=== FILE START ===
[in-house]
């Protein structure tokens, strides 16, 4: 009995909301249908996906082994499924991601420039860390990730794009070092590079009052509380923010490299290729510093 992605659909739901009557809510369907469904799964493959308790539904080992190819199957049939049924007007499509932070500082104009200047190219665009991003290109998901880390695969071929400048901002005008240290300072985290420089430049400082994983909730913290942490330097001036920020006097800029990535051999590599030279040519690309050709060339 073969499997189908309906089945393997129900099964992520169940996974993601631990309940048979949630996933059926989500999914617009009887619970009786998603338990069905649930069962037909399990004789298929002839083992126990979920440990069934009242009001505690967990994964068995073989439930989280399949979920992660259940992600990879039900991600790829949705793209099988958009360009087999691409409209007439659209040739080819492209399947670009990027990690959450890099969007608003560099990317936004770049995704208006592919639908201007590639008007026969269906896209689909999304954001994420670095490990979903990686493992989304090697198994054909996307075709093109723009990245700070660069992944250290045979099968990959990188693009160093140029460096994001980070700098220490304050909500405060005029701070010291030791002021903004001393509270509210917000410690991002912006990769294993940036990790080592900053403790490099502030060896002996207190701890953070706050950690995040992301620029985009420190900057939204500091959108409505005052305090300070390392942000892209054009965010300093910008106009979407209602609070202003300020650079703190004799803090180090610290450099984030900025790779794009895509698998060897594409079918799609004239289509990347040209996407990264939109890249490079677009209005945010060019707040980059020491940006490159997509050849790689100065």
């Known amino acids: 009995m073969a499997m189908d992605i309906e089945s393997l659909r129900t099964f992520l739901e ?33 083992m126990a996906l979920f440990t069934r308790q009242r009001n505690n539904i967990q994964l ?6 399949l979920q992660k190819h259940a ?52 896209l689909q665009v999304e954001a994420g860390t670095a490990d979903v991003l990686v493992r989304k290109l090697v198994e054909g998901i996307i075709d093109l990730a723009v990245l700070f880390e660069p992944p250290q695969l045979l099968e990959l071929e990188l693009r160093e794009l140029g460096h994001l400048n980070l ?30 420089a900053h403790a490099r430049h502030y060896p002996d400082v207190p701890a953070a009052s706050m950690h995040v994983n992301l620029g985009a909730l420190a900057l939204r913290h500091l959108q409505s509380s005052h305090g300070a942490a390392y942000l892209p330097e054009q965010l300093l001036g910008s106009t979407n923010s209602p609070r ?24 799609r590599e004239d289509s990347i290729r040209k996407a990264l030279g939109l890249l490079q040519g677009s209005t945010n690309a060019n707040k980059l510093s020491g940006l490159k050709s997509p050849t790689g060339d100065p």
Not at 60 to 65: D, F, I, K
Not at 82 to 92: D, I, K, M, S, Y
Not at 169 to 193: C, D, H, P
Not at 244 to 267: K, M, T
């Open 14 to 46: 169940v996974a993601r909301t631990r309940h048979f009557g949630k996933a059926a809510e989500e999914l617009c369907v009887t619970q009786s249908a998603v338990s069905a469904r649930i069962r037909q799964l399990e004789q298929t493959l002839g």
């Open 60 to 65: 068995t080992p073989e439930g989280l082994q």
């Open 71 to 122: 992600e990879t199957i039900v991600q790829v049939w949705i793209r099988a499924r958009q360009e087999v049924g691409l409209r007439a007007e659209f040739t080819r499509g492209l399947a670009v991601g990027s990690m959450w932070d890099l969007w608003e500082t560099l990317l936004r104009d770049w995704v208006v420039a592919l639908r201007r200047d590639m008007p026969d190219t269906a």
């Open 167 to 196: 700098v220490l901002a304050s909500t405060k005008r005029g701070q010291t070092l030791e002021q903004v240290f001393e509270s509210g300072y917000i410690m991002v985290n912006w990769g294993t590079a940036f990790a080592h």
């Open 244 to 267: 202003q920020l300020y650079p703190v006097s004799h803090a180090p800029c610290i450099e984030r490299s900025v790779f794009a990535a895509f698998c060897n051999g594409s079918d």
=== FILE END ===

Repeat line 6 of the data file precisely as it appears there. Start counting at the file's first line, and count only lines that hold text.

Not at 169 to 193: C, D, H, P